Texas Capitol 2

Many say that as Texas goes, so goes the nation, and there is some data to back that up, at least from an economic standpoint. Were it not for Texas, national job growth in recent years would not look so hot. As Vance Ginn, Economist at the Texas Public Policy Foundation’s Center for Fiscal Policy pointed out in Investors Business Daily, “excluding the 1.1 million jobs added in Texas since the last recession started in December 2007, the rest of the U.S. employs about 350,000 fewer people than its pre-recession level.”

With an important 2015 biennial session of the Texas legislature fast approaching, Americans for Tax reform sent a letter to members of the Texas legislature this week urging them to take important steps to protect Texas taxpayers and further spur economic growth. The letter ATR sent to Texas legislators is as follows:

Dear Returning and New Members of the Texas Legislature,

As you prepare to return to the state capitol for the 2015 legislative session, on behalf of Americans for Tax Reform and our membership across the Lone Star State, I urge you to keep taxpayers in mind as you consider all the pieces of legislation that will come across your desk. There are two main things that you can do to protect Texas taxpayers and stoke economic growth: 1) rein in the unsustainable trajectory of state spending, which can be accomplished by instituting a true and unbustable state spending cap; and 2) eliminate the state’s business tax, otherwise known as the margin tax, one of the biggest blemishes on what is an otherwise relatively competitive tax code.

As was noted in Forbes earlier this year, even relatively-well governed states like Texas face significant fiscal challenges. In a Texas Public Policy Foundation report titled “The Real Texas Budget,” TPPF researchers found an incomplete comparison in state spending data published by the Legislative Budget Board, the state’s official keeper of budget information. According to the report’s findings, the Texas budget – when adjusting for moving patient income to higher education-related facilities off-budget and the projected underfunded Medicaid amount – actually increased by nine percent in the current 2014-2015 biennium from the previous, as opposed to the more modest five percent increase advertised by the state’s official scorekeeper.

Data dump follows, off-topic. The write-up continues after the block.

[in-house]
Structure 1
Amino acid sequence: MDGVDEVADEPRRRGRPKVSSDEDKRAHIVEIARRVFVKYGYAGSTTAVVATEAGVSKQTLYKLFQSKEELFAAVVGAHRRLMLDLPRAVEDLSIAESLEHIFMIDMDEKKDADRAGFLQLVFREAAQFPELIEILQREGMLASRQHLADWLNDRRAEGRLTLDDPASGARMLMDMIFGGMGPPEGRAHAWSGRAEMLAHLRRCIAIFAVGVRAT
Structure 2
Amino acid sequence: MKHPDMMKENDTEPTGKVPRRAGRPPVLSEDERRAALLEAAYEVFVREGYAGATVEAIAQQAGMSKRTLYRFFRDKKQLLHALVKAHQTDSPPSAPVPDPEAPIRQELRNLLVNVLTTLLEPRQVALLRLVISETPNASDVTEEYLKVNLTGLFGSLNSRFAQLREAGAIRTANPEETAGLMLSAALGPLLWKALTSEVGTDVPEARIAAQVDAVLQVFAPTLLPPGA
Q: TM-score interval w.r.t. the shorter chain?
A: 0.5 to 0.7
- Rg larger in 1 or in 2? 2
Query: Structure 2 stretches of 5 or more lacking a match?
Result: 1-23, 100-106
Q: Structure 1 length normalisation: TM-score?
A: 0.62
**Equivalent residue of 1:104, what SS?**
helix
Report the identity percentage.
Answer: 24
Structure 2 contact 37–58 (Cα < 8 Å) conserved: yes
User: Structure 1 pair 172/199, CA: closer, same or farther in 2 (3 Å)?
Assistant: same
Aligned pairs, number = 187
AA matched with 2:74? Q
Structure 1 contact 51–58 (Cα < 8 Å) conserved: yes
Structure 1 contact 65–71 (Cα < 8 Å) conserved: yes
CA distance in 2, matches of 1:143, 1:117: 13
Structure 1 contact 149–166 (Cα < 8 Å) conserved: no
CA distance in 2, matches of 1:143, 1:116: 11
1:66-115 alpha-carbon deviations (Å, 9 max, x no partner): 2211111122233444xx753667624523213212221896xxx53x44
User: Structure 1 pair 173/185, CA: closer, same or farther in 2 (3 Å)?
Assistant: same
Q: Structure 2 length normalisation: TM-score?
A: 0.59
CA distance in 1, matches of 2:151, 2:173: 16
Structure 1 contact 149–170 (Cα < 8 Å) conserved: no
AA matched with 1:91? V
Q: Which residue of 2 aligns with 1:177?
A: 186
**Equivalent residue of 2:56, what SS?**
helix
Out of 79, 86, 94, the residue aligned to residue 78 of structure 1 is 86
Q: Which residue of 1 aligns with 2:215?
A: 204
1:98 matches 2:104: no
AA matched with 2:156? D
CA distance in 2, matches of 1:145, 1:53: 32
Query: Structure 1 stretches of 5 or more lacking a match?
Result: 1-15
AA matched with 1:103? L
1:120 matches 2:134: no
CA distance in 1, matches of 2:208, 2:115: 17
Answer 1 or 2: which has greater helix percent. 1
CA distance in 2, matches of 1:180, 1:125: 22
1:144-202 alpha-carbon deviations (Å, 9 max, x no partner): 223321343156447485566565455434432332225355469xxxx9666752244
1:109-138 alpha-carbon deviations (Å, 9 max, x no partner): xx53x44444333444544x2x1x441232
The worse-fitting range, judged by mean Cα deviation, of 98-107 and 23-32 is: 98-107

Another TPPF report titled “The Conservative Texas Budget,” outlines a series of policy recommendations and reforms to rectify Texas’s overspending problem that, while not as bad as that of some states, is still a major problem. One of those reforms, the institution of clear and achievable spending limits, is the best step that lawmakers could take to protect Texas taxpayers.

I also write today to urge you to rid Texas of the margin tax during the 2015 legislative session. Legislation was recently filed by Sen. Craig Estes that would do just that. The Lone Star State has been a model for other states on numerous matters of governance, and for good reason, but the margin tax is the one major blight on the state’s otherwise stellar business tax climate and now is the perfect time to unlock the state’s full economic potential by repealing this misguided tax.

The margin tax reduces the job-creating capacity of Texas businesses and does so in an incredibly onerous way at that. As the Texas chapter of the National Federation of Independent Businesses put it, the margin tax is “crippling the small and mid-sized businesses” throughout the state. In addition to the harm it does to employers, economists of all political stripes agree that it is one of the worst ways to raise revenue. Professor John Mikesell, an expert in public finance at Indiana University, has described the margin tax as a “badly designed business profits tax…combin[ing] all the problems of minimum income taxation in general—excess compliance and administrative cost, penalization of the unsuccessful business, undesirable incentive impacts, doubtful equity basis—with those of taxation according to gross receipts.”

The tax is so complex – it applies variably to different industries and types of businesses – that the costs to comply with this levy for some employers are actually greater than their tax liability. One of the more egregious aspects of the margin tax is that it applies to companies without regard as to whether a profit was generated, meaning that businesses that lost money can still end up having a margin tax liability.

Other states are eager to compete with Texas for jobs and the state stands to fall behind if the margin tax is not repealed. In fact, a number of states have passed tax reform in recent years that seeks to make them more competitive with Texas, and over a dozen are set to pursue such tax reform in 2015. It’s important for Texas lawmakers to not rest on their laurels. In order to stay ahead of states that wish to entice employers away from Texas, it would behoove legislators to repeal, or begin phasing out, the margin tax in 2015. It’s time to eliminate this unnecessary impediment to private sector growth and job creation. It’s also time to right the unsustainable trajectory of state spending, which can be accomplished with a robust spending cap, like the one proposed by TPPF.

Americans for Tax Reform will continue to follow these issues closely throughout session and will be educating your constituents as to how you vote on these important matters. If you have any questions, please contact Patrick Gleason, ATR’s director of state affairs, at (202) 785-0266 or [email protected].



Grover Norquist